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From time to time, I have noticed some questioning and uncertainty arising at the Home Dialysis Central Facebook site regarding the difference between, relative place of, and effective efficiency of the two main dialysis therapies: peritoneal dialysis (PD) and haemodialysis (HD) – especially as theses factors apply in the home. Many who respond clearly do understand this, but some still seem a little hazy. I thought it might be useful to pick through some of the myths and legends about both, and put them in context.
Firstly, one of the two therapies is exclusively a home therapy (PD), while HD, though in my view best performed at home, is most commonly still offered as a facility-based treatment. I do not intend to pick over the bones of the “at home” versus “at facility” argument here—that has been the subject of several previous blogs and is a theme that runs strongly though most of the views expressed at this site. Rather, I seek to concentrate on some of the practical differences between the two options.
Firstly, there is the efficiency of dialysis. PD uses a natural, inbuilt body “membrane”—the peritoneum—a layer of mesothelial cells a single cell width thick, that line the internal cavity in which lie our internal abdominal organs. I ask my patients if they have ever opened the belly of a fish, or animal…most will certainly have at the least slit open a fish…and have seen the silver shiny membrane that lines the belly cavity inside. This same peritoneal membrane also extends to cover all of the internal abdominal organs. Underlying this membrane is a myriad of small, blood-carrying capillaries (microscopic blood vessels) that carry the blood and the wastes, impurities, and extra water it contains, and that would normally be removed by healthy kidneys, up close to the under-surface of this thin shiny membrane. We are built no differently to a fish, or any other animal. Opened up, the inner lining of a human belly shines and glistens too.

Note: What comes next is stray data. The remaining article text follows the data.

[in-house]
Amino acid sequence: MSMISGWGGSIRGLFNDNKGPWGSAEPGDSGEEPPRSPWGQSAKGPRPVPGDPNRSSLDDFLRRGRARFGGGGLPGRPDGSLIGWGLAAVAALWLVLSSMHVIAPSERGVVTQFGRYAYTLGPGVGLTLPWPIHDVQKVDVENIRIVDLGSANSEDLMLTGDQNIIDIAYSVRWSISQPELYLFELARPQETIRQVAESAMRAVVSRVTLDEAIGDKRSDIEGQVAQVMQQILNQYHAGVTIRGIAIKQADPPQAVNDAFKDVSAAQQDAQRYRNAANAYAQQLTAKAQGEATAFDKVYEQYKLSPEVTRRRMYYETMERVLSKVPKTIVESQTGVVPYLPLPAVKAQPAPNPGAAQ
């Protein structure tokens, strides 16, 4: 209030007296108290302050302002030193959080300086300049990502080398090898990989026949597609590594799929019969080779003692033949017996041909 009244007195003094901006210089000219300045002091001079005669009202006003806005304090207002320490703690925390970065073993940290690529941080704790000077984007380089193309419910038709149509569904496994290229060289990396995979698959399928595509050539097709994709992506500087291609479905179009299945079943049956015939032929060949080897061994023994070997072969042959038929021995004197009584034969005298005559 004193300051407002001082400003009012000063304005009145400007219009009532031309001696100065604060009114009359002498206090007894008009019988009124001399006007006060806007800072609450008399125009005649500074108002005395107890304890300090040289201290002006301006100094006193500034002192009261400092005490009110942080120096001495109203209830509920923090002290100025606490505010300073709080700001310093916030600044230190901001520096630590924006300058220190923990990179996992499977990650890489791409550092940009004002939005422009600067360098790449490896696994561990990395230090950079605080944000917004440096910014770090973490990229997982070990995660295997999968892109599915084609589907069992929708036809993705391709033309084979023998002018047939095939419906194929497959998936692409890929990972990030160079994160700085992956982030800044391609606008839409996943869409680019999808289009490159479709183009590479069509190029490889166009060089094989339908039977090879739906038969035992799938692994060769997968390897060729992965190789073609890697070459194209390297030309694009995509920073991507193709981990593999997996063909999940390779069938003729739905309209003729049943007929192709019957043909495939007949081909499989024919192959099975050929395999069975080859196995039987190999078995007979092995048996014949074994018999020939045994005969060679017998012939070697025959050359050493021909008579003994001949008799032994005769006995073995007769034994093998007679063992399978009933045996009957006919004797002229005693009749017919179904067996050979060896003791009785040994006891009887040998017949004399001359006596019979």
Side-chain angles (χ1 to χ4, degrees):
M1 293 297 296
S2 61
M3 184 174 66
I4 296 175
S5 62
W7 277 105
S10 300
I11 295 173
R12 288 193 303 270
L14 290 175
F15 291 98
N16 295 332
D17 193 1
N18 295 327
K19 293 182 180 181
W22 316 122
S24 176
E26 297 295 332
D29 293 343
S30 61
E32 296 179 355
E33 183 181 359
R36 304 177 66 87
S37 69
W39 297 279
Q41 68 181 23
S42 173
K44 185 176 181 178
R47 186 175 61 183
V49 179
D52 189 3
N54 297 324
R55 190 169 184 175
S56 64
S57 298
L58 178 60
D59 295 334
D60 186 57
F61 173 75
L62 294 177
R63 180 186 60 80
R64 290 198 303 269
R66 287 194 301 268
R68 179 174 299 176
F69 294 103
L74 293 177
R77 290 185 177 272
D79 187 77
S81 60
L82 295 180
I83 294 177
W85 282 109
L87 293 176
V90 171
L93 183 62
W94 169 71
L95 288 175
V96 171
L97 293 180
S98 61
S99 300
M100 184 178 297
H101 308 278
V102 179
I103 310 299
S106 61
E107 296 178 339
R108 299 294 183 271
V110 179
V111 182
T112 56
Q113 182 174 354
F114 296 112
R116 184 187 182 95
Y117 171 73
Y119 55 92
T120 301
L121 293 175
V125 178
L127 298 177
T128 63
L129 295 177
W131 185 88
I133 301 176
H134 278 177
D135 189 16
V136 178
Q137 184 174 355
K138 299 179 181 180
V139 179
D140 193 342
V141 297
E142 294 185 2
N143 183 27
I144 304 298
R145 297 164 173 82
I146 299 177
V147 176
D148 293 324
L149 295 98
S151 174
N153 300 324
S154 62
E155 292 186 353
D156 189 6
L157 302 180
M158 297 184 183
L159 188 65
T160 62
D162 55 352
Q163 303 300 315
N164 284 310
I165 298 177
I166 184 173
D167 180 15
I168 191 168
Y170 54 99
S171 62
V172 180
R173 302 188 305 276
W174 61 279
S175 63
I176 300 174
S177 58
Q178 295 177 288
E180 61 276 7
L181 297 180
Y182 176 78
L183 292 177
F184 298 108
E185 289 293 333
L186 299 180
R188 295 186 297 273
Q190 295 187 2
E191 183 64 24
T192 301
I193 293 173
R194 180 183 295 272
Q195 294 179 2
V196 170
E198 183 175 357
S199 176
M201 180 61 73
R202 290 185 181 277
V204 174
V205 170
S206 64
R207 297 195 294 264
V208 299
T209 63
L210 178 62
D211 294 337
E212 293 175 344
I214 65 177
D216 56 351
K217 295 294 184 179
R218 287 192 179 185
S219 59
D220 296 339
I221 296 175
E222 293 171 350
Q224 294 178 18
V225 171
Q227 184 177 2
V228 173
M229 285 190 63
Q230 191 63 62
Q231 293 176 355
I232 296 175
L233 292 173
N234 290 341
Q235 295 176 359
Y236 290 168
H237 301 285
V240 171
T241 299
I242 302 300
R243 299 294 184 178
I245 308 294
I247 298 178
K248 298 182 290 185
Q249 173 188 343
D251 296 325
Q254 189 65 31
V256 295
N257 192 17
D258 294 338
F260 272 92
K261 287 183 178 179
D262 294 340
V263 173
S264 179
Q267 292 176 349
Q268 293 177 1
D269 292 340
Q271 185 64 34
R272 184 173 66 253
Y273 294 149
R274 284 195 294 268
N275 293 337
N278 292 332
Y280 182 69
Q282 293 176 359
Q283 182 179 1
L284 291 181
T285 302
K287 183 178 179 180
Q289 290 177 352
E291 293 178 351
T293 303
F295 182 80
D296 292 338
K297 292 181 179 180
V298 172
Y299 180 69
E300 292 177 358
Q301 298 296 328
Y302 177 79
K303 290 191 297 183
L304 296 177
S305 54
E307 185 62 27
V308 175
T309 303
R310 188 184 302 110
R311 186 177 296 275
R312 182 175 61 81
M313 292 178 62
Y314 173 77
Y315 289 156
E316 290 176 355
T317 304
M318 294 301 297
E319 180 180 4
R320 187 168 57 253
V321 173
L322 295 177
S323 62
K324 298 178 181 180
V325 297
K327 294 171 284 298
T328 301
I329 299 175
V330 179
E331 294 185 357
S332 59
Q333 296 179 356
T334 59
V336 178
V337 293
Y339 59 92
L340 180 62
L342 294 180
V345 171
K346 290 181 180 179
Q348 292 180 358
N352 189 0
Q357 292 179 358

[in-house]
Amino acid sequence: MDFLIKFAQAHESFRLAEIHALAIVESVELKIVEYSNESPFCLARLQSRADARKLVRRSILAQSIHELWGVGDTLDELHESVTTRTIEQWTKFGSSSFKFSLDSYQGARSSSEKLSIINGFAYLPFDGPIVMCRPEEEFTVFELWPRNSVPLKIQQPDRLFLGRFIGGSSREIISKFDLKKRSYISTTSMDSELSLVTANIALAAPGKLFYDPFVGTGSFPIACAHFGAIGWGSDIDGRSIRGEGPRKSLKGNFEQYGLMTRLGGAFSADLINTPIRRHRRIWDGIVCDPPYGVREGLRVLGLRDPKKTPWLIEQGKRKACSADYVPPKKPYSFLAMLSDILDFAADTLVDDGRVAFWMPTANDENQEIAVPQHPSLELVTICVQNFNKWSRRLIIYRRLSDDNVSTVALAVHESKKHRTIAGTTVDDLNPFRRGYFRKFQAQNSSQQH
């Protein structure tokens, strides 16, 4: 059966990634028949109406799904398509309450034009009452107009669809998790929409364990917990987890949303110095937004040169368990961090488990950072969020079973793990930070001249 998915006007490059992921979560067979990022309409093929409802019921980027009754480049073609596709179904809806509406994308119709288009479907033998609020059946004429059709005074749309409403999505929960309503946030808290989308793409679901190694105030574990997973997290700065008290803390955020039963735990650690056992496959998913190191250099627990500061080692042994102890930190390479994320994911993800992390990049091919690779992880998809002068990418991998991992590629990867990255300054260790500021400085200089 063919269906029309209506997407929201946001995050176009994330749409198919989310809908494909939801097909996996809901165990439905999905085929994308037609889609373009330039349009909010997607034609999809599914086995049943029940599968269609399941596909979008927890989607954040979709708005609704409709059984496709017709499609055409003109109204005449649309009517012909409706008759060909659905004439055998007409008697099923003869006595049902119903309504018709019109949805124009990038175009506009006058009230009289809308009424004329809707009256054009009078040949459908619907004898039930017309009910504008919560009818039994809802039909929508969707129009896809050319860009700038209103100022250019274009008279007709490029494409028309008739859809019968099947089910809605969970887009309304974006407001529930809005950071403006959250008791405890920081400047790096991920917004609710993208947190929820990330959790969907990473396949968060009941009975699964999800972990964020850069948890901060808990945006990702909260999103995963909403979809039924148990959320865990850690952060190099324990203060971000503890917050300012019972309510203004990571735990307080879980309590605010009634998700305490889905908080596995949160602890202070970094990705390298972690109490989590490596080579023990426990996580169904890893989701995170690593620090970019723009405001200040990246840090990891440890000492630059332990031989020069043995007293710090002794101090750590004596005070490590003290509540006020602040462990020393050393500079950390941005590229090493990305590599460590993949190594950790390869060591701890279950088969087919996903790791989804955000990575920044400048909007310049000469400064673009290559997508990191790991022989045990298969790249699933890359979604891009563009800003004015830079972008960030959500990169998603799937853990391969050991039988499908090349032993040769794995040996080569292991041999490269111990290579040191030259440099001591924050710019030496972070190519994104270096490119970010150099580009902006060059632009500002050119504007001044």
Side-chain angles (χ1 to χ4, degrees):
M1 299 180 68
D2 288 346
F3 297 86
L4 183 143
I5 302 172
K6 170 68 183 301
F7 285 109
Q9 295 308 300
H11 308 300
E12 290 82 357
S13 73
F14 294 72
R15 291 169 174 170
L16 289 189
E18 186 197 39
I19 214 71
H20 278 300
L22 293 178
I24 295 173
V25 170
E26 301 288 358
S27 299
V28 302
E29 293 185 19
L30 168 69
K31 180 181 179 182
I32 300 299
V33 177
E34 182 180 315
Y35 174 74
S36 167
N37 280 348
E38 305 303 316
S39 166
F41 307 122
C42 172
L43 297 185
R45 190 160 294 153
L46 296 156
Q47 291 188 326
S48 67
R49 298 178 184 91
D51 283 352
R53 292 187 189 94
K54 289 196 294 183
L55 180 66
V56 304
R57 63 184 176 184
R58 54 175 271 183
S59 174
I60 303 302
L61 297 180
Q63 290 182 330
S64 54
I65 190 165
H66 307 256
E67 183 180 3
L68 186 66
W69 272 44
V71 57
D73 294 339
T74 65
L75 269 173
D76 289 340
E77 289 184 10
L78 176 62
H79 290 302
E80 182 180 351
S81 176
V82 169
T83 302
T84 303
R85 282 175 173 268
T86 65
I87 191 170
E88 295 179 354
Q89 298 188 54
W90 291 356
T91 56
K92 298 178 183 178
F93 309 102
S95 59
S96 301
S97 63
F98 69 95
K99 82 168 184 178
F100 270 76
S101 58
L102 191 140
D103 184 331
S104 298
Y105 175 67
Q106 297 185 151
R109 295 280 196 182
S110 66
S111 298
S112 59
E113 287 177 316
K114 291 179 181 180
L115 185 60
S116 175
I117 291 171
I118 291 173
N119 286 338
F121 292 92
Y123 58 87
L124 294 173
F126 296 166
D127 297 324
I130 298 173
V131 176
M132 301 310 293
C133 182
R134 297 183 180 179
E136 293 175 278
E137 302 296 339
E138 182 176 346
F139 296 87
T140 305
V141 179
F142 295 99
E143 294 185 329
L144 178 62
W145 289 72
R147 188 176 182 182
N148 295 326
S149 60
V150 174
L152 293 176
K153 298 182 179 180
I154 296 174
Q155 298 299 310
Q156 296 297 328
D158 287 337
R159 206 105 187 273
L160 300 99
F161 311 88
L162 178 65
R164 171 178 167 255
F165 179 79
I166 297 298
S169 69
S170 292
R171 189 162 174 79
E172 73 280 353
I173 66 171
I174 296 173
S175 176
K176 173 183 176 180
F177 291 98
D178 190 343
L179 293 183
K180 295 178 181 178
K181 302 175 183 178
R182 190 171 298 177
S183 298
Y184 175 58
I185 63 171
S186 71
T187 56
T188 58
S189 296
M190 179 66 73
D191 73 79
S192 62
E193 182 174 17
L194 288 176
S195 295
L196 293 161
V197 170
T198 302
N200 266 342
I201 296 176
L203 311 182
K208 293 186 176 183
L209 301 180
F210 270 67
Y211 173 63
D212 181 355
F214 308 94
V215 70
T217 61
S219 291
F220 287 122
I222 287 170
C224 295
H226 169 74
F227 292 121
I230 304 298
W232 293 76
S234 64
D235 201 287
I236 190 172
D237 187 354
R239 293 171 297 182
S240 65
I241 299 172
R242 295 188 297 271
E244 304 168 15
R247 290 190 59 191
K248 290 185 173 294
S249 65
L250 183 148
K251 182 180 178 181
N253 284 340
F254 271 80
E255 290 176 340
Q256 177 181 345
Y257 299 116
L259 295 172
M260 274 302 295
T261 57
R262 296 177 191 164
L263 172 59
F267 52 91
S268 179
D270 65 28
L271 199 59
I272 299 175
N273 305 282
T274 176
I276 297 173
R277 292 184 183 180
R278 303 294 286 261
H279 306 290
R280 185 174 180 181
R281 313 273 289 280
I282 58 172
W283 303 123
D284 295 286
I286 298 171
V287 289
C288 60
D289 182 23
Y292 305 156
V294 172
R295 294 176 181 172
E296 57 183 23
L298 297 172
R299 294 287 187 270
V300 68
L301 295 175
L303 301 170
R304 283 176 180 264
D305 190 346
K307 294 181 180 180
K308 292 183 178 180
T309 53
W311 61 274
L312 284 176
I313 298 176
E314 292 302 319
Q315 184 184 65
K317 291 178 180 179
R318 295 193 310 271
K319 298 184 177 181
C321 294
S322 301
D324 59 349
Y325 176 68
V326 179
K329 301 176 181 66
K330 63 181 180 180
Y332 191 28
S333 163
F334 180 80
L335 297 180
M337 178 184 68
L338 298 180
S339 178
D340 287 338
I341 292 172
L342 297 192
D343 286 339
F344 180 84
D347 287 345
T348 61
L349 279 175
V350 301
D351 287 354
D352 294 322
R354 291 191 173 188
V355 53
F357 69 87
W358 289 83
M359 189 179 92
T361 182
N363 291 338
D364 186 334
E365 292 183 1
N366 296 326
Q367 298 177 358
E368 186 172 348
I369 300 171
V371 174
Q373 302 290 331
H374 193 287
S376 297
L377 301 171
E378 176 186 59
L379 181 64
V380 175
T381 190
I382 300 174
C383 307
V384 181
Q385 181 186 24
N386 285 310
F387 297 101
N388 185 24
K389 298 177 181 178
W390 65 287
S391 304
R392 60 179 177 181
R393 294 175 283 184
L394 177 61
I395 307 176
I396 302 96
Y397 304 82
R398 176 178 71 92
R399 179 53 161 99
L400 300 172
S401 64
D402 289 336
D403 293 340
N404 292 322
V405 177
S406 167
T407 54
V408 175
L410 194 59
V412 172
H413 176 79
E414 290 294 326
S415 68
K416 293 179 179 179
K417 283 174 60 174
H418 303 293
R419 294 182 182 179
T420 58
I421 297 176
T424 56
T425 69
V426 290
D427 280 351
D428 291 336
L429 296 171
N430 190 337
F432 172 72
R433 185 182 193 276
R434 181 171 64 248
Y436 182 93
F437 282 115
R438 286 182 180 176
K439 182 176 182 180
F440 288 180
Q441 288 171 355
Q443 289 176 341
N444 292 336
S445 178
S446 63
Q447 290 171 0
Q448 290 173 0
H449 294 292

The principle of PD is to instil a specially formulated fluid into the belly cavity so that it can interact with and remove water and solutes from the blood in these peritoneal capillaries, with the peritoneal membrane acting as a separating, but permeable “divider” between blood and the dialysis fluid…just like the artificial membrane of a haemodialyser does.